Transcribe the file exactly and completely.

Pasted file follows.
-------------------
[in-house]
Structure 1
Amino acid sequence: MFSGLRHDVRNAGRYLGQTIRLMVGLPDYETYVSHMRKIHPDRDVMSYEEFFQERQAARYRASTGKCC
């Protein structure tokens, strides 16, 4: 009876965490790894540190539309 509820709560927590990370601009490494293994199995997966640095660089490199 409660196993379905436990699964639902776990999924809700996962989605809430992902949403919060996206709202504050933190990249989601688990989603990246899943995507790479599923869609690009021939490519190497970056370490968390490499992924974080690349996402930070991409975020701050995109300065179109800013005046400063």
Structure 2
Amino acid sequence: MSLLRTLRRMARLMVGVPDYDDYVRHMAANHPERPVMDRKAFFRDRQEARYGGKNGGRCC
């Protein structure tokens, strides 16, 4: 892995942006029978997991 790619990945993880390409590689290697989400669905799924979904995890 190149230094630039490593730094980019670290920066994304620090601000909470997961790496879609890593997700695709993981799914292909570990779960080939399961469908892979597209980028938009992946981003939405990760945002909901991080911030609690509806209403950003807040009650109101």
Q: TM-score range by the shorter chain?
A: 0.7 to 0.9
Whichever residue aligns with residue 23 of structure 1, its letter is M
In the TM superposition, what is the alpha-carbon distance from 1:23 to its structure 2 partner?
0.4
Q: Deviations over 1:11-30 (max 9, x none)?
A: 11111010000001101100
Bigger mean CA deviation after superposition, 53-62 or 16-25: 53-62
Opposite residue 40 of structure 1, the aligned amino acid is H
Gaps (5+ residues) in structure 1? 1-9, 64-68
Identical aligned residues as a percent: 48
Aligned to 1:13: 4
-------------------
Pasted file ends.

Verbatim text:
[in-house]
Structure 1
Amino acid sequence: MFSGLRHDVRNAGRYLGQTIRLMVGLPDYETYVSHMRKIHPDRDVMSYEEFFQERQAARYRASTGKCC
């Protein structure tokens, strides 16, 4: 009876965490790894540190539309 509820709560927590990370601009490494293994199995997966640095660089490199 409660196993379905436990699964639902776990999924809700996962989605809430992902949403919060996206709202504050933190990249989601688990989603990246899943995507790479599923869609690009021939490519190497970056370490968390490499992924974080690349996402930070991409975020701050995109300065179109800013005046400063």
Structure 2
Amino acid sequence: MSLLRTLRRMARLMVGVPDYDDYVRHMAANHPERPVMDRKAFFRDRQEARYGGKNGGRCC
């Protein structure tokens, strides 16, 4: 892995942006029978997991 790619990945993880390409590689290697989400669905799924979904995890 190149230094630039490593730094980019670290920066994304620090601000909470997961790496879609890593997700695709993981799914292909570990779960080939399961469908892979597209980028938009992946981003939405990760945002909901991080911030609690509806209403950003807040009650109101």
Q: TM-score range by the shorter chain?
A: 0.7 to 0.9
Whichever residue aligns with residue 23 of structure 1, its letter is M
In the TM superposition, what is the alpha-carbon distance from 1:23 to its structure 2 partner?
0.4
Q: Deviations over 1:11-30 (max 9, x none)?
A: 11111010000001101100
Bigger mean CA deviation after superposition, 53-62 or 16-25: 53-62
Opposite residue 40 of structure 1, the aligned amino acid is H
Gaps (5+ residues) in structure 1? 1-9, 64-68
Identical aligned residues as a percent: 48
Aligned to 1:13: 4